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A solver for 1D indeterminate beams

Project description

Indeterminate Beam

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IndeterminateBeam is a Python Package aiming to serve as a foundation for civil and structural engineering projects in Python. The module can also serve as a stand-alone program and is useful for determining:

  • reaction forces for indeterminate beams
  • internal forces for indeterminate beams (shear, bending, axial)
  • deflections of beams due to resulting forces
  • axial force, shear force, bending moment and deflection diagrams.

The package is based mainly on engineering concepts of statics as described in (Hibbeler, 2013), and Python packages Sympy (Meurer et al., 2017) and Plotly (Plotly Technologies Inc, 2015).

The package documentation provides a brief overview of the theory behind the solutions used to calculate the forces on the indeterminate beam. The full package documentation can be accessed here.

Text-based examples of the package presented in the documentation can be found on this Jupyter Notebook and a web-based graphical user interface (GUI) is available at https://indeterminate-beam.herokuapp.com/.

Project Purpose

The purpose of this project is two-fold:

  1. Create a free website that has more features than paid and free beam calculators that exist on the web.
  2. Provide a foundation for civil and structural engineers who want to create higher order engineering Python programs.

Several (mostly paid) beam calculator websites currently exist online, providing the same service as this package, with web traffic in the hundreds of thousands per month (Similiarweb, 2021). Despite this, no online service exists (to the authors knowledge) that has all the features of IndeterminateBeam and is also free.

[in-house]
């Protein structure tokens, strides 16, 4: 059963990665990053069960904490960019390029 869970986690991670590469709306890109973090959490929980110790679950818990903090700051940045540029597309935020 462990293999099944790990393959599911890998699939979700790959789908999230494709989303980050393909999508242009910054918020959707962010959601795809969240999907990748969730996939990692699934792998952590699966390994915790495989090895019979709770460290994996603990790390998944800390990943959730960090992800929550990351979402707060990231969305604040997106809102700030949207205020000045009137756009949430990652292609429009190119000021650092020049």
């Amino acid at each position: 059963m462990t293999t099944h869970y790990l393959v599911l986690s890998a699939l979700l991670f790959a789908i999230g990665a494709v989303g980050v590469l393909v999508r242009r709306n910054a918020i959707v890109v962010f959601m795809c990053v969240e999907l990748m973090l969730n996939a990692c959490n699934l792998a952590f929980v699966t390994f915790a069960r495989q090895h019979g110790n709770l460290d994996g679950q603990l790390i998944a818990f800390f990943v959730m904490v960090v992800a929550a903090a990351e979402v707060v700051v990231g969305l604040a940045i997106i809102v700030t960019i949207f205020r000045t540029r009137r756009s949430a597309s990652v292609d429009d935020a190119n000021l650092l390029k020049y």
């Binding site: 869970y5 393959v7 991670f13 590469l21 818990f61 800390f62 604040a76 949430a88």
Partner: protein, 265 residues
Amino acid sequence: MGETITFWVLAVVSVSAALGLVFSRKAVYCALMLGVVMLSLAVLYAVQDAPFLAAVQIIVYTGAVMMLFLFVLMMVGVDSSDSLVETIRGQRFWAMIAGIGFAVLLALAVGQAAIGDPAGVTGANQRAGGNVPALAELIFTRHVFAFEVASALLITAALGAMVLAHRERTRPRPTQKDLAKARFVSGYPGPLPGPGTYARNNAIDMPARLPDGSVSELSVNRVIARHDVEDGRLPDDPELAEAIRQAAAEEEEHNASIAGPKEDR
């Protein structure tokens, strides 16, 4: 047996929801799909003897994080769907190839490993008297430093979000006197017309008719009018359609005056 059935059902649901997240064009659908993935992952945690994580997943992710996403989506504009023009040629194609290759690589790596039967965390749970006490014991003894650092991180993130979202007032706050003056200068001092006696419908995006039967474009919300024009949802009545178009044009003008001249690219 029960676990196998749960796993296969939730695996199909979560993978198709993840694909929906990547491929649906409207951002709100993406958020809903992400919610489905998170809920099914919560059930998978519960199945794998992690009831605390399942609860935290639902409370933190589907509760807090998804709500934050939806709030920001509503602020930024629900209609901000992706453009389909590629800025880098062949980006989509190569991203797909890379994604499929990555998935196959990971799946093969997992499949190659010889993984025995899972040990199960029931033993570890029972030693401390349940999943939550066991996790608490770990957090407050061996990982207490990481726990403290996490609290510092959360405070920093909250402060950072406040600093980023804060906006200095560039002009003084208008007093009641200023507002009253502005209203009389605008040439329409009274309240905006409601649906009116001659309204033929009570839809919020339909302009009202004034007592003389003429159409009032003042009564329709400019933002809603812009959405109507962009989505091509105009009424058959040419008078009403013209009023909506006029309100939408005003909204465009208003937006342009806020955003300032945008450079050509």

Similiarly, there are no well-documented indeterminate beam solving Python packages (to the authors knowledge) despite the importance of such a calculation in engineering. Several python finite element analysis (FEA) packages do exist, however they are vastly overcomplicated for someone wanting to only solve for forces on a one-dimensional beam.

This python package was heavily inspired by beambending (Carella, 2019), a module created for educational purposes by Alfredo Carella of the Oslo Metropolitan University. The beambending module, although well documented, can only solve for simply supported beams consisting of a pin and roller support. The package documentation for this project includes a more rigorous overview of the theory behind the basics for solving determinate structures.

Functionality and Usage

A typical use case of the IndeterminateBeam package involves the following steps:

  1. Create a Beam object
  2. Create Support objects and assign to Beam
  3. Create Load objects and assign to Beam
  4. Solve for forces on Beam object
  5. Plot results

You can follow along with the example below in this web-based Jupyter Notebook. Alternatively, you can download the jupyter-notebook for this example here, or the python file for this code here.

The units used throughout the Python package are the base SI units (newtons and metres), but can be updated using the update_units method. Units and load direction conventions are described in the package documentation.

Creating a Beam

The creation of a Beam instance involves the input of the beam length (m) and optionally the input of the Young's Modulus (E), second moment of area (I), and cross-sectional area (A). E, I and A are optional and by default are the properties of a steel 150UB18.0. For a beam with constant properties, these parameters will only affect the deflections calculated and not the distribution of forces, unless spring supports are specified.

from indeterminatebeam import Beam
# Create 7 m beam with E, I, A as defaults
beam = Beam(7)